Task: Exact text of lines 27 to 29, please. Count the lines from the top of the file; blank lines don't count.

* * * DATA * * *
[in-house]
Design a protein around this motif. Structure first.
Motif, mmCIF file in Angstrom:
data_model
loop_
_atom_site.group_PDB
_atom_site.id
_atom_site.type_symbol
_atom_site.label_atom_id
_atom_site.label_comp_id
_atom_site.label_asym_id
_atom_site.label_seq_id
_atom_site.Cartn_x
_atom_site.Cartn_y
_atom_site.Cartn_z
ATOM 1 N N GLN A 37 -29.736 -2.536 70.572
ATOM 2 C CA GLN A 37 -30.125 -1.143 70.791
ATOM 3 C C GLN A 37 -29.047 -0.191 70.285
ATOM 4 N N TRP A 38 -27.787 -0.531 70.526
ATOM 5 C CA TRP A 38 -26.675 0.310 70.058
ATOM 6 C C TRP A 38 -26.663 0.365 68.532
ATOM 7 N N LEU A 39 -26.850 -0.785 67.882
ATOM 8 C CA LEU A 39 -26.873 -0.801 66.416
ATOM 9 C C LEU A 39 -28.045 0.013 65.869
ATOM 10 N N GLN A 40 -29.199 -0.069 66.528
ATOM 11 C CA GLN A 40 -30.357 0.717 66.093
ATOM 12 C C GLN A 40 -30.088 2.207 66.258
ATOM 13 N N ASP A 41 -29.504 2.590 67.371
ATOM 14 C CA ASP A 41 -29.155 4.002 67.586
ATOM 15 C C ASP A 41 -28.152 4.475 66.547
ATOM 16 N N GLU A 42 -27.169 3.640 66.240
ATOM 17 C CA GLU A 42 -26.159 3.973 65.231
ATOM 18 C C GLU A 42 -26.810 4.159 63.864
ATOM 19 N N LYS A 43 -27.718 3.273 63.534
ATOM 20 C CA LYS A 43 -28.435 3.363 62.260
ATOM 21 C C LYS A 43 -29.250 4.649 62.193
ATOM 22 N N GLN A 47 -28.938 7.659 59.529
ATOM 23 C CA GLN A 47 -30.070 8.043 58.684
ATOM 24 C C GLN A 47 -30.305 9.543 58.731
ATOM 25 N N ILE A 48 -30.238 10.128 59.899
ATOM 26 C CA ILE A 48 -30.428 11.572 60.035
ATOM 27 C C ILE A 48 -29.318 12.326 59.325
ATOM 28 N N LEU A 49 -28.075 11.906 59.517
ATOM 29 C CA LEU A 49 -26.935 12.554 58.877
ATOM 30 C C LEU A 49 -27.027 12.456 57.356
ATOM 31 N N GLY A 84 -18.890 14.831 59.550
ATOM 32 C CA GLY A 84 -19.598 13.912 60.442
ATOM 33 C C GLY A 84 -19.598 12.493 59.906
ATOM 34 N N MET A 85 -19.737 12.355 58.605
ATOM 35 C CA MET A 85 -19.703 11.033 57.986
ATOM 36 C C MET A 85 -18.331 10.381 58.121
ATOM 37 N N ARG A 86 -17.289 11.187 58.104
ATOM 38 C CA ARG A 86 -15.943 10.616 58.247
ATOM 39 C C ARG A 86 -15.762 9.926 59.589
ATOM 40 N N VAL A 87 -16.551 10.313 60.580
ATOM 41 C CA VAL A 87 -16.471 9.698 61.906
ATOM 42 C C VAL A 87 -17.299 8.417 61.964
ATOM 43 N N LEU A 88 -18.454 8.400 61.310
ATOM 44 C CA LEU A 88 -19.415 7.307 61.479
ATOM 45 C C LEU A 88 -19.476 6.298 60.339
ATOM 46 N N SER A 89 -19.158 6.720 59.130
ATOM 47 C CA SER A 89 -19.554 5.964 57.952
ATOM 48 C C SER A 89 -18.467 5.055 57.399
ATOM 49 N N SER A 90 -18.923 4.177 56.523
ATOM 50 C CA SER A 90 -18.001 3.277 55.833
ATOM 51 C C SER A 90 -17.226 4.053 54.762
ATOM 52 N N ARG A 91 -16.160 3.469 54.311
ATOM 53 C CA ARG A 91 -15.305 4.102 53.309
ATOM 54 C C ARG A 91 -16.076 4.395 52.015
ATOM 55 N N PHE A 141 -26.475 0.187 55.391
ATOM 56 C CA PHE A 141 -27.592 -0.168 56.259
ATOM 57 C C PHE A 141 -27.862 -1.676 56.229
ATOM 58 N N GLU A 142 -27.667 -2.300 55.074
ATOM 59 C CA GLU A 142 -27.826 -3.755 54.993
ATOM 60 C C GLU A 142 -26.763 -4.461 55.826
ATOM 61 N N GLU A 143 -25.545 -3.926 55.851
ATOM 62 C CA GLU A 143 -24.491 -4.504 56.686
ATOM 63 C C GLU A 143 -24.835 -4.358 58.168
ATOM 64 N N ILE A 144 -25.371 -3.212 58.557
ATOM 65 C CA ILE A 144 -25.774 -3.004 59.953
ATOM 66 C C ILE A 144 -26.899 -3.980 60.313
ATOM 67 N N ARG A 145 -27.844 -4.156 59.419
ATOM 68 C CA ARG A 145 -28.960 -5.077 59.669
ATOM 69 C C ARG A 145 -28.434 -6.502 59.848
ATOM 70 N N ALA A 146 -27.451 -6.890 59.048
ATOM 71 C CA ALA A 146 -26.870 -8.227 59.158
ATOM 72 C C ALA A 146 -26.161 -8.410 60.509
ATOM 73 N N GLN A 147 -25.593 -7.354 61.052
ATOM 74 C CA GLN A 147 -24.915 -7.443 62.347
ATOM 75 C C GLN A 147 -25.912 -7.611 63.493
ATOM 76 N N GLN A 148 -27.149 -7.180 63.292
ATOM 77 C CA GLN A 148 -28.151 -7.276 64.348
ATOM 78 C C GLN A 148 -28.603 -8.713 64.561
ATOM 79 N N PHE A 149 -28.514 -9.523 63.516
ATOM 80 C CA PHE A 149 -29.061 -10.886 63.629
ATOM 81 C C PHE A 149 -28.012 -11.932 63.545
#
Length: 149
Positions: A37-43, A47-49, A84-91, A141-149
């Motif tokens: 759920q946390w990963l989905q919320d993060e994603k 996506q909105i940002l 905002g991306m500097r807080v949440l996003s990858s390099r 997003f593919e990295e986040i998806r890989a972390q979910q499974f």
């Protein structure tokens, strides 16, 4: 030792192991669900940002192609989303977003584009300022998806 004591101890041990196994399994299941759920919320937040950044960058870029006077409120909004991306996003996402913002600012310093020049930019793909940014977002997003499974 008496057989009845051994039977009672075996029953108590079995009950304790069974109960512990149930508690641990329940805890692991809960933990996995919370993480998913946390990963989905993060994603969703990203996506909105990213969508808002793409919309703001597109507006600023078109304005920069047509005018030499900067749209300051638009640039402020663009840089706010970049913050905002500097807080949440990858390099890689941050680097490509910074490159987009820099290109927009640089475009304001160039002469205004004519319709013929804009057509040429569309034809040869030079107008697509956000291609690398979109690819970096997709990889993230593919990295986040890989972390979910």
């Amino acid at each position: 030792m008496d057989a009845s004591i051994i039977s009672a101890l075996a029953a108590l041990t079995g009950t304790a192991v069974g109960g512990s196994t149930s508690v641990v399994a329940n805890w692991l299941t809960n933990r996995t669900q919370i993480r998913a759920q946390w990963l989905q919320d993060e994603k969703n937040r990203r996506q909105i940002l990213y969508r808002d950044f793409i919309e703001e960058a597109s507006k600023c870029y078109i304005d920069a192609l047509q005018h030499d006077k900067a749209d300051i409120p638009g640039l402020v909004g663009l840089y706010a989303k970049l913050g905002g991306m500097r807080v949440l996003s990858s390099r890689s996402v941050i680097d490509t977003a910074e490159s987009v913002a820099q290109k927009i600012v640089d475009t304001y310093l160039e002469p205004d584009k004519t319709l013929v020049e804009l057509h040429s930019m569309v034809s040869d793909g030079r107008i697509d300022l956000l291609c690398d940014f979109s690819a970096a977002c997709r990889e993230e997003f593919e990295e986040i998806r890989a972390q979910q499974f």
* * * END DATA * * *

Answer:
ATOM 12 C C GLN A 40 -30.088 2.207 66.258
ATOM 13 N N ASP A 41 -29.504 2.590 67.371
ATOM 14 C CA ASP A 41 -29.155 4.002 67.586